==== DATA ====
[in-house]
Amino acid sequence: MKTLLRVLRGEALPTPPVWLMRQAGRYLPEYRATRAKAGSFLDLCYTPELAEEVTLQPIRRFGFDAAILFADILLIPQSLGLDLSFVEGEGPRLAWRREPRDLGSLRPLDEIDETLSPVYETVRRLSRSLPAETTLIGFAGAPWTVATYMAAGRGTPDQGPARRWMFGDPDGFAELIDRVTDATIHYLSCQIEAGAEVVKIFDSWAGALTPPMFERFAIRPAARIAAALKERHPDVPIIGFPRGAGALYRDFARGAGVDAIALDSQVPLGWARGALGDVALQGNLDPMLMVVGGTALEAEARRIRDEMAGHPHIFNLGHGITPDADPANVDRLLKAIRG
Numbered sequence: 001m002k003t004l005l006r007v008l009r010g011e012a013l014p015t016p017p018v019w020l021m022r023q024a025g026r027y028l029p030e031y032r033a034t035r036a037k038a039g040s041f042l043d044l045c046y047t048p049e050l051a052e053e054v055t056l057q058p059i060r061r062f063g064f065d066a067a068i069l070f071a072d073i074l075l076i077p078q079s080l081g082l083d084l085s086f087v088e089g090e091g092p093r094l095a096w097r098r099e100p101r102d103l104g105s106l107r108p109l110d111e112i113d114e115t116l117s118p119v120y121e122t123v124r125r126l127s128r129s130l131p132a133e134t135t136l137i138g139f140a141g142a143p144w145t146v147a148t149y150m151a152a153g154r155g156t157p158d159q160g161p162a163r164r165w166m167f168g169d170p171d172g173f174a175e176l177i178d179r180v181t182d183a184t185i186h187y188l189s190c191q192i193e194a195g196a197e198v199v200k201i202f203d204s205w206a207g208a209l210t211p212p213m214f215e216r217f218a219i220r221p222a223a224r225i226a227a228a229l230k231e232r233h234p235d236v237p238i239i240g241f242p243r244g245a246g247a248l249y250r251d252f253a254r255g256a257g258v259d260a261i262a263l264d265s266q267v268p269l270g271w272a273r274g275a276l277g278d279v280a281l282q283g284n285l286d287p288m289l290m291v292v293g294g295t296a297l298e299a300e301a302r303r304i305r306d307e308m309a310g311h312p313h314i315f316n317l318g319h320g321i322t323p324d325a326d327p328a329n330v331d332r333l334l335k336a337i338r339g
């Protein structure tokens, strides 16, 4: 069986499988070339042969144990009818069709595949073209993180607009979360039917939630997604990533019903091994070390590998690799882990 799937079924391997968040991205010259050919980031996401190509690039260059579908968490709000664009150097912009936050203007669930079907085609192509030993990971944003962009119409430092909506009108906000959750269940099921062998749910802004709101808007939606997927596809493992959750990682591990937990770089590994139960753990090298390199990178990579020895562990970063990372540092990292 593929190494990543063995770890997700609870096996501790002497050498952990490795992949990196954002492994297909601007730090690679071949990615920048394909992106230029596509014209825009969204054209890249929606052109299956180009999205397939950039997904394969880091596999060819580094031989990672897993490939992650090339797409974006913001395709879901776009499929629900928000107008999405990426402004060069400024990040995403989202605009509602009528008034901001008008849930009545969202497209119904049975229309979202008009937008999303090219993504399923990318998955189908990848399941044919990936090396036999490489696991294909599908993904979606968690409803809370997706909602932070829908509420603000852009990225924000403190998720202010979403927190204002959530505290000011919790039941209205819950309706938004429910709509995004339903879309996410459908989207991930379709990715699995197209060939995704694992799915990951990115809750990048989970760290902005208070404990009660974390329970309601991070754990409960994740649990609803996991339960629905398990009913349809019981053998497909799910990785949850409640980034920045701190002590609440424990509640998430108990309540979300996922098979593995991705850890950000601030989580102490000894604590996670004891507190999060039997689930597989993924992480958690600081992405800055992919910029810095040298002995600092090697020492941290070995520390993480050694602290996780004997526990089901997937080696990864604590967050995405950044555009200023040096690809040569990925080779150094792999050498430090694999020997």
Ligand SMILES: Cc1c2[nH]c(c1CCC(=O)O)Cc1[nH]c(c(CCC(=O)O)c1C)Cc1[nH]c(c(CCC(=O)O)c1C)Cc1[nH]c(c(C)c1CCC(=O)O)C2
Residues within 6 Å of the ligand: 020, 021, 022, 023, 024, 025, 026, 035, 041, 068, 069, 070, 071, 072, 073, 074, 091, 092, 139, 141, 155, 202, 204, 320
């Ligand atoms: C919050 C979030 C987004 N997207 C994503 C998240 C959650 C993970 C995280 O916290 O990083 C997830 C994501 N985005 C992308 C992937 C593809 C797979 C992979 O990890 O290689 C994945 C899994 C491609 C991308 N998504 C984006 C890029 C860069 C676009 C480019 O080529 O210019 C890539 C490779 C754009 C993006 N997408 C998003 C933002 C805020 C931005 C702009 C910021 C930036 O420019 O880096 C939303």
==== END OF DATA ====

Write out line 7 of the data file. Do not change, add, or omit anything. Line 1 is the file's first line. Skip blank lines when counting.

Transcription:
């Ligand atoms: C919050 C979030 C987004 N997207 C994503 C998240 C959650 C993970 C995280 O916290 O990083 C997830 C994501 N985005 C992308 C992937 C593809 C797979 C992979 O990890 O290689 C994945 C899994 C491609 C991308 N998504 C984006 C890029 C860069 C676009 C480019 O080529 O210019 C890539 C490779 C754009 C993006 N997408 C998003 C933002 C805020 C931005 C702009 C910021 C930036 O420019 O880096 C939303």